When I went to the nursery in Reno and asked what type of trees would grow well out where I live (about an hour from Reno), the reply was, "You live in the Great Basin Desert - trees don't grow there." When I asked on a garden forum why I was having trouble with my tomato plants not setting fruit, they told me that "I live in a desert and tomatoes don't like the 40 degree day to night temperature swings." When I looked at my neighbors, I saw that most had "rock gardens." There are almost no lawns where I live. Most of the newer homes have sickly looking little "stick" trees that are struggling to survive. There are no flower gardens within several miles of me - at least none that you can see from the road. There is no soil or dirt - it is sand at least 6-10 feet down.
I won't go into how I came to live in the desert (although I may comment on how I have come to love this place), other than to say it was not my first choice. I have lived in Georgia and seen the green rolling hills of Tennessee and Arkansas. I have eaten fresh peaches in California's San Joaquin Valley. I would much rather live anywhere with names like "The Corn Belt" or "Georgia Peach Country" or "Kentucky Blue Grass." But I'm here. And while the desert tan can magically turn into sparkling steaks of gold, molten red and deep russets during sunrise or sunset, for most of the hot and dry summer, it is merely sand colored. So, a few years ago, I endeavored to create a little green oasis on our property.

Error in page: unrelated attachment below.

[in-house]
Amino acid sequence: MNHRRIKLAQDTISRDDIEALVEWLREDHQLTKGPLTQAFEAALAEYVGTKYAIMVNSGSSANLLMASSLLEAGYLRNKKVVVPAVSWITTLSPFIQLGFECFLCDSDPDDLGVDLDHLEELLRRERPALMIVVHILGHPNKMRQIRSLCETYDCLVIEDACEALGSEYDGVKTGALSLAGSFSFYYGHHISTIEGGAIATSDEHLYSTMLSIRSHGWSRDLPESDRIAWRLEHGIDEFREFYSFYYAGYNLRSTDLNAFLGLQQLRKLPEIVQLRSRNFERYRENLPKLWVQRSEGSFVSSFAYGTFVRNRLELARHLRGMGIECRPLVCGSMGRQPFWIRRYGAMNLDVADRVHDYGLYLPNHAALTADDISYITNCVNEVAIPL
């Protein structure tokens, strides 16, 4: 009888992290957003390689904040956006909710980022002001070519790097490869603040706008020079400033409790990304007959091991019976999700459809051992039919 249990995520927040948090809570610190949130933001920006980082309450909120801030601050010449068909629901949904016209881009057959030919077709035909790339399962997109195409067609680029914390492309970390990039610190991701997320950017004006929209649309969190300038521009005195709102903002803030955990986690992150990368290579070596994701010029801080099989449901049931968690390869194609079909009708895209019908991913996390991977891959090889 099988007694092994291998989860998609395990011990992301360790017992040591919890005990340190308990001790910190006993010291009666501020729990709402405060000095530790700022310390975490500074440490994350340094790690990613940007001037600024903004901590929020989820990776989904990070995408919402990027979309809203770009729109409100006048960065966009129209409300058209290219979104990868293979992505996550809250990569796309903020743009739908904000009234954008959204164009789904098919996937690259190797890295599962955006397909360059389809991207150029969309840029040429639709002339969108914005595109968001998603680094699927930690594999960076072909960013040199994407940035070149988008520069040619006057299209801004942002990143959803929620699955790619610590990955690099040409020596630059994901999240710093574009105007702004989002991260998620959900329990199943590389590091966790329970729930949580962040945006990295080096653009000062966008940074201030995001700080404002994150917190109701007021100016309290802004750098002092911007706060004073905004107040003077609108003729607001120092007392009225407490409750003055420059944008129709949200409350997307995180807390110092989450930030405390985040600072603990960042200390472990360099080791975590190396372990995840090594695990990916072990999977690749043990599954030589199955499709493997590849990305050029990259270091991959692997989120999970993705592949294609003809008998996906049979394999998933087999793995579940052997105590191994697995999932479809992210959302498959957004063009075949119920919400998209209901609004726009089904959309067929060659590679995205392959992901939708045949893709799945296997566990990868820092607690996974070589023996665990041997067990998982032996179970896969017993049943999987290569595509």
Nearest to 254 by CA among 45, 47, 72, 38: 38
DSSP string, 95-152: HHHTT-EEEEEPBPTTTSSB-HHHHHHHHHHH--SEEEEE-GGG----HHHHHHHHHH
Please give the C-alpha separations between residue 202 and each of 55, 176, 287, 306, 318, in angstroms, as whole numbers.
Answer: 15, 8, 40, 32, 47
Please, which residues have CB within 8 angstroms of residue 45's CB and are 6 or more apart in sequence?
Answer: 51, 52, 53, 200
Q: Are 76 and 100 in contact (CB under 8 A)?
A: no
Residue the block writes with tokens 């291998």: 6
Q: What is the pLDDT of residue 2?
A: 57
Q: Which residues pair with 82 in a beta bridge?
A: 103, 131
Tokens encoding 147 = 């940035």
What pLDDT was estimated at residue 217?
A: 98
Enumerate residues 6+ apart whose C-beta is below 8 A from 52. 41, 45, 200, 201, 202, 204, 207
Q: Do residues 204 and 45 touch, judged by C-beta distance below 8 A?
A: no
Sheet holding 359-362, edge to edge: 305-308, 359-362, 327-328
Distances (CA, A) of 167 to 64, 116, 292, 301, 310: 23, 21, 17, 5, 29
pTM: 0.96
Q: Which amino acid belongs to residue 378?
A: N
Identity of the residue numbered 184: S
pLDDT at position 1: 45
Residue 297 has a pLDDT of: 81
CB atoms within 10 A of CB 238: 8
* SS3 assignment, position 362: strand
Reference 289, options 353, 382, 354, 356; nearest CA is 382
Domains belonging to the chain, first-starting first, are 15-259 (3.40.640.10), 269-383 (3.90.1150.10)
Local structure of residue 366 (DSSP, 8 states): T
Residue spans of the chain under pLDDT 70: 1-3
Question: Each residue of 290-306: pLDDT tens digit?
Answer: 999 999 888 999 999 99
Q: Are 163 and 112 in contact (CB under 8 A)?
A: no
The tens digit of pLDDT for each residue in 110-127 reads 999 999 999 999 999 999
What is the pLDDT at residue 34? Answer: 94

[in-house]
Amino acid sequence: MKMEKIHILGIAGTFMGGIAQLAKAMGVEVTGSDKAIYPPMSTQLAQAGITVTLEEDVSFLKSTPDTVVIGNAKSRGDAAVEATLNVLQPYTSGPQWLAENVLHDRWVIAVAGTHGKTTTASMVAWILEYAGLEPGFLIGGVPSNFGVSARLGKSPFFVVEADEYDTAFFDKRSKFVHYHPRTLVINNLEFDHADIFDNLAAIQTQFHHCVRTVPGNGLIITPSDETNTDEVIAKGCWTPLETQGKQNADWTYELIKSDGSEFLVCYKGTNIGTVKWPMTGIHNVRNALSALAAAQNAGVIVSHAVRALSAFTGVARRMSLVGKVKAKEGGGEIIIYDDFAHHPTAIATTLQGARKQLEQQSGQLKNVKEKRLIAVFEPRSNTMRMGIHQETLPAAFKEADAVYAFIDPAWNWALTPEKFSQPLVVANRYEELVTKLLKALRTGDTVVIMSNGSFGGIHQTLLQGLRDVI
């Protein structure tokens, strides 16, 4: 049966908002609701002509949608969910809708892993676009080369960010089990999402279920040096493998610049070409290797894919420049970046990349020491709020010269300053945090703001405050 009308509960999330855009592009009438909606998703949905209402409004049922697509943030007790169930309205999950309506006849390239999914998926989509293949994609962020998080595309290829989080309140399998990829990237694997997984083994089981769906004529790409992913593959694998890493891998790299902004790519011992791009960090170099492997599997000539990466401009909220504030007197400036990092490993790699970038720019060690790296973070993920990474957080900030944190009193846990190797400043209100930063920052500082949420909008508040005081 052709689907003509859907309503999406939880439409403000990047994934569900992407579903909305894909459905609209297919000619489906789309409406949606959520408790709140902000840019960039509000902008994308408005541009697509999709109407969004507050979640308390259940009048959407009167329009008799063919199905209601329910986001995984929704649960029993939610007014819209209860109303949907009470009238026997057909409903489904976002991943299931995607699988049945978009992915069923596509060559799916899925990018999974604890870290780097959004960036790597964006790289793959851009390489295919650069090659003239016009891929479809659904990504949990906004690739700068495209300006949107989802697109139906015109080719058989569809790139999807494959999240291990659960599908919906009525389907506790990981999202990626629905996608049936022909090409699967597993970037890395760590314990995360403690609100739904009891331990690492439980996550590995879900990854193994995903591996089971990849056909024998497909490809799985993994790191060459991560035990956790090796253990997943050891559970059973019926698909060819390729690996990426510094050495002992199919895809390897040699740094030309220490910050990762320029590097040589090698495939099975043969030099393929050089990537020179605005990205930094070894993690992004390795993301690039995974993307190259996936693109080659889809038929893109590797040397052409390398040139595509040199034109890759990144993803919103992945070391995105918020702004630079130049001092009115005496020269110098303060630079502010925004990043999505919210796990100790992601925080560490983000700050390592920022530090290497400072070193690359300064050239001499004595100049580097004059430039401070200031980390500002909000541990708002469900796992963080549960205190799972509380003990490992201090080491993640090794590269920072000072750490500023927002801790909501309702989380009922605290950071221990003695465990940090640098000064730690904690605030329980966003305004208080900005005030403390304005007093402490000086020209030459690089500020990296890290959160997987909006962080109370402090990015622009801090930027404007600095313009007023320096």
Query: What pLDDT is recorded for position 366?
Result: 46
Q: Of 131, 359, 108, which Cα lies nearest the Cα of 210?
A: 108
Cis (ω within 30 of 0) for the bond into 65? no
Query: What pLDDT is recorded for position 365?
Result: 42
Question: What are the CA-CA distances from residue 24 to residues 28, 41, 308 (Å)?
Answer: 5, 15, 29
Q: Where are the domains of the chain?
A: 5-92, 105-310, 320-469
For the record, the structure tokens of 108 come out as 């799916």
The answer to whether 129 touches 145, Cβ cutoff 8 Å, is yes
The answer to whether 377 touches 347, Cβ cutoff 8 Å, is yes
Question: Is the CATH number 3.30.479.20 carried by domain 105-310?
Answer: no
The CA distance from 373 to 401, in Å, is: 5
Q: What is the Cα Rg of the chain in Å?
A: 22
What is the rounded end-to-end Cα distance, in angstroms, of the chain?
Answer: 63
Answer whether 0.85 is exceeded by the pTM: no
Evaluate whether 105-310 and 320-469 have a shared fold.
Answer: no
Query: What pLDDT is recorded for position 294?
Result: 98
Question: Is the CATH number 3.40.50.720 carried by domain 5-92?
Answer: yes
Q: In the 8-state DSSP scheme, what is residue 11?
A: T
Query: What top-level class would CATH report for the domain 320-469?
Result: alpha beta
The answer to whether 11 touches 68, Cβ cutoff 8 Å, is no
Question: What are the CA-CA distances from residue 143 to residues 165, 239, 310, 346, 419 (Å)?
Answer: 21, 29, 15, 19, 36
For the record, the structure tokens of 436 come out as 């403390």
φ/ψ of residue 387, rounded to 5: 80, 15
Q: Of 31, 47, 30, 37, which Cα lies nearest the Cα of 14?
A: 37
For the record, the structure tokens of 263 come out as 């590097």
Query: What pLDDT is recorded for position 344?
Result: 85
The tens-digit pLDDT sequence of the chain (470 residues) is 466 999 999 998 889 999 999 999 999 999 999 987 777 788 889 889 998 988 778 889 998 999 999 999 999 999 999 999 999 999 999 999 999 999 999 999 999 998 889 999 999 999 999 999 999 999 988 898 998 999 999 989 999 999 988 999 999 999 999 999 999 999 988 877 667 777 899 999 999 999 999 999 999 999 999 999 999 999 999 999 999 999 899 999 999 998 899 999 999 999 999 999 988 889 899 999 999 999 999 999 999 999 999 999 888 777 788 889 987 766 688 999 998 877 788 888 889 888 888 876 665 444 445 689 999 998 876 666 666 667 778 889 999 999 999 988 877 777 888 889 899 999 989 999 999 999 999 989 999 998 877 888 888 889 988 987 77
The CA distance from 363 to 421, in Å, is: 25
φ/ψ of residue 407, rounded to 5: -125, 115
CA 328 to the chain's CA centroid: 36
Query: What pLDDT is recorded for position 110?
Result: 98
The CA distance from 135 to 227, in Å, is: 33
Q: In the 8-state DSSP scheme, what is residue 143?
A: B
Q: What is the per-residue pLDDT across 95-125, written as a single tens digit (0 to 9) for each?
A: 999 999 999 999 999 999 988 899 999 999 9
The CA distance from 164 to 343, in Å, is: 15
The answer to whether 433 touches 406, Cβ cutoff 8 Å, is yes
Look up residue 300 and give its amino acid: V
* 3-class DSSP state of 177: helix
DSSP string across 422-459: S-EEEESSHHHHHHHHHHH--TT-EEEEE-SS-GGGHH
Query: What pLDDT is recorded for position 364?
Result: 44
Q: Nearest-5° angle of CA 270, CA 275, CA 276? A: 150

Currently, I have a fenced 50 x 75 foot area as my gardening experiment area. The fence keeps out our large dogs and possibly larger jack rabbits; however from prints in the sand, it appears that smaller cotton tails and (from the smell) skunks are not deterred by 2x4 welded wire. I did not even attempt to fence out the ground squirrels or kangaroo mice. This blog endeavours to record my 2008 adventures in gardening in the High Desert and perhaps give some hints, tips and tricks on how to have a successful garden here.